It seems like the world has just gone mad. With the Islamic State beheading children and murdering Christians, Ebola creeping its way into the first-world, and the Supreme Court’s ruling that gay marriage can be legalized in a number of states (opening the door for the homosexual agenda all over the country) it feels a lot like a losing battle and the end of the world. Add to this young people scheduling their own death and high school football programs being shut down for sexual abuse and one could come to the conclusion that the events of Revelation are unfolding right before our eyes…and it wouldn’t necessarily be wrong to land there.
Before we rush to end-times panic, let’s remember why the book of Revelation was written. It was written to encourage a persecuted church. It was not meant to confuse you, scare you, or send you on a relentless game of “pin-the-tail-on-the-antichrist.” If we can accept that John’s vision contain imagery that is both glorious and terrible and, frankly, beyond our understanding, then we can see very clearly that the foundational message is: no matter how bad things may seem, God is in complete control; though the enemy may seem to be winning battles, he has already lost the war.
The events we typically refer to as the Tribulation are not a surprise to God. Like the plagues of Egypt, they serve his purpose. In them God is glorified as great, good, merciful, just, powerful, and righteous; the wicked are condemned and the righteous encouraged. We know believers will die, for it is appointed for a man to die once and after that face judgment (Hebrews 9:27). My death is not the worst thing that can happen to me. Whether it comes by disease or the sword, the death of my body is the liberation of my spirit. My (potential) imprisonment for Christ serves to glorify God. Because of the eternal victory we are given in Christ, there is no scenario where those who trust in him lose. “For we know that our light and momentary troubles are preparing for us an eternal glory that far outweighs them all” (2 Corinthians 4:17). This does not mean that we need to look forward to hardship and suffering with joy and excitement. It does mean that we live unafraid and unhindered by the threat.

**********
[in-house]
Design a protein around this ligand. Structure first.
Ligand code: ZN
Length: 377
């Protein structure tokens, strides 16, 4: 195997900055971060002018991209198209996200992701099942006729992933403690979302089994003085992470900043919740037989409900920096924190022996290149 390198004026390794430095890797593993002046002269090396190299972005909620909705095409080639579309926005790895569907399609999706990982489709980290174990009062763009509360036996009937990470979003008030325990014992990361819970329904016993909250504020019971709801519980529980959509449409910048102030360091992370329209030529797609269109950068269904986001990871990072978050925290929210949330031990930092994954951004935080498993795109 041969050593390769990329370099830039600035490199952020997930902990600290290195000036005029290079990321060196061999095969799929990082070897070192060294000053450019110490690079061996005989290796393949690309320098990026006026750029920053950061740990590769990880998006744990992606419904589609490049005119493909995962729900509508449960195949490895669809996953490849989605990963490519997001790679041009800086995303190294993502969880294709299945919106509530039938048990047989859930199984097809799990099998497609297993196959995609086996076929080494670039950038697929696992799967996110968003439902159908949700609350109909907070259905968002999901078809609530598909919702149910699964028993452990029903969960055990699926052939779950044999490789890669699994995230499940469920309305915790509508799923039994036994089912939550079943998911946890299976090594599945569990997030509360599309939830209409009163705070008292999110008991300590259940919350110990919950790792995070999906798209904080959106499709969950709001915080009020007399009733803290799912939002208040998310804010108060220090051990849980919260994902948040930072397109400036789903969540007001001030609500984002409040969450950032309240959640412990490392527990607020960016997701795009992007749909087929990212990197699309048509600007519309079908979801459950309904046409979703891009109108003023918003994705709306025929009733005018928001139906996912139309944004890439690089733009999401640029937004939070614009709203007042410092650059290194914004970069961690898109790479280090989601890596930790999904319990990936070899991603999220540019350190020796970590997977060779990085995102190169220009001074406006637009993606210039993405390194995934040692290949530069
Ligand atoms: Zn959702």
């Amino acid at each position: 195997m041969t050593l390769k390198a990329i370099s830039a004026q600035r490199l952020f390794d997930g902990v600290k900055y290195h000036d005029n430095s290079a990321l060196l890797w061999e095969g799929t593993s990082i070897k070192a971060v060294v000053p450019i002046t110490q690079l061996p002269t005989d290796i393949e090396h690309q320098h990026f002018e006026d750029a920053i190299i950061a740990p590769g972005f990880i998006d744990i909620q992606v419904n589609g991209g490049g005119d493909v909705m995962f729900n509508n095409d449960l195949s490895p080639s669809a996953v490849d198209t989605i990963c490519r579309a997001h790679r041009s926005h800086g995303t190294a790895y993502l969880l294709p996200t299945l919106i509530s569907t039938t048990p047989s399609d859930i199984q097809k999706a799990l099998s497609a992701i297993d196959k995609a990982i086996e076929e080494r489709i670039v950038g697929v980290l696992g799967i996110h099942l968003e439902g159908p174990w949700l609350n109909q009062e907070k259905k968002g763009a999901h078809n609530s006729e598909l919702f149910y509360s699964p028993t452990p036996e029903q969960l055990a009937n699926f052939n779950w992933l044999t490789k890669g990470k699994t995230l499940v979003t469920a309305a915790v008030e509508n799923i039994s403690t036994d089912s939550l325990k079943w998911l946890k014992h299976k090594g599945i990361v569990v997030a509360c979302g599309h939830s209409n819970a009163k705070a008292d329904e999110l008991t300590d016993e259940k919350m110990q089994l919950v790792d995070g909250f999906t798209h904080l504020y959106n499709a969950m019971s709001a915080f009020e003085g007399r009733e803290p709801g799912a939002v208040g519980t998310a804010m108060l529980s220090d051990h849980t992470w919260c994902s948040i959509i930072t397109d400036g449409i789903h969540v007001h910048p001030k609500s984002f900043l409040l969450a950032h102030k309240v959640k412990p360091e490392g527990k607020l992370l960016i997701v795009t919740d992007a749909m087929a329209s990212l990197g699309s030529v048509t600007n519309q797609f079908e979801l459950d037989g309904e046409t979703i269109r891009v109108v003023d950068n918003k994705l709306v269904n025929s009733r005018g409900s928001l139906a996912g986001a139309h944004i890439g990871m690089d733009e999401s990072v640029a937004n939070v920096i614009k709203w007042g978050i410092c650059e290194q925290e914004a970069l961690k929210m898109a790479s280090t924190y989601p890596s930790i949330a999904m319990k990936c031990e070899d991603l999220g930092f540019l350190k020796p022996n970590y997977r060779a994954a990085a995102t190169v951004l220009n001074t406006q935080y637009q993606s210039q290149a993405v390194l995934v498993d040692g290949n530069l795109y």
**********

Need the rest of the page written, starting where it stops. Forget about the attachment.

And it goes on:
We, as disciples of Jesus, must remember that his kingdom is not of this world, so legislation is not our answer. We do not wage war like the world does, nor do we use the weapons that the world uses (2 Corinthians 10:3-5). Remember, we are to live our lives here as aliens and strangers. All that we know will be swept away and made new in Christ. We are living in a different reality. We are ambassadors of God’s kingdom. We are a kingdom of priests and a holy nation–not a nation defined by geography, but by the rule and reign of Yahweh. We advance this kingdom as we point the hearts of men and women to Jesus and he regenerates their hearts through faith.
The children of God are not to live in fear–that is the whole message of Revelation. We are to live in victory. Our prayer must not be “Lord, keep us safe.” Rather, like the first century church in Acts 4:24-30 we ought to pray, “Sovereign Lord, you made the heaven and the earth and the sea, and everything in them. You spoke by the Holy Spirit through the mouth of your servant, our father David: ‘Why do the nations rage and the peoples plot in vain? The kings of the earth take their stand and the rulers gather together against the Lord and against his Anointed One.’ Indeed [the rulers and the world] conspire against your holy servant Jesus, whom you anointed. They did what your power and will had decided beforehand should happen. Now, Lord, consider their threats and enable your servants to speak your word with great boldness. Stretch out your hand to heal and perform miraculous signs and wonders through the name of your holy servant Jesus.”
To quote another verse of Jesus’ teaching, “Seek first His kingdom and His righteousness…” (Matthew 6:33). We hold this world loosely and live for God’s glory, not our own comfort and need. We trust in God’s sovereignty and know that we have every day that we are given–no more, no less–no matter what. Live them to the fullest for the glory of God!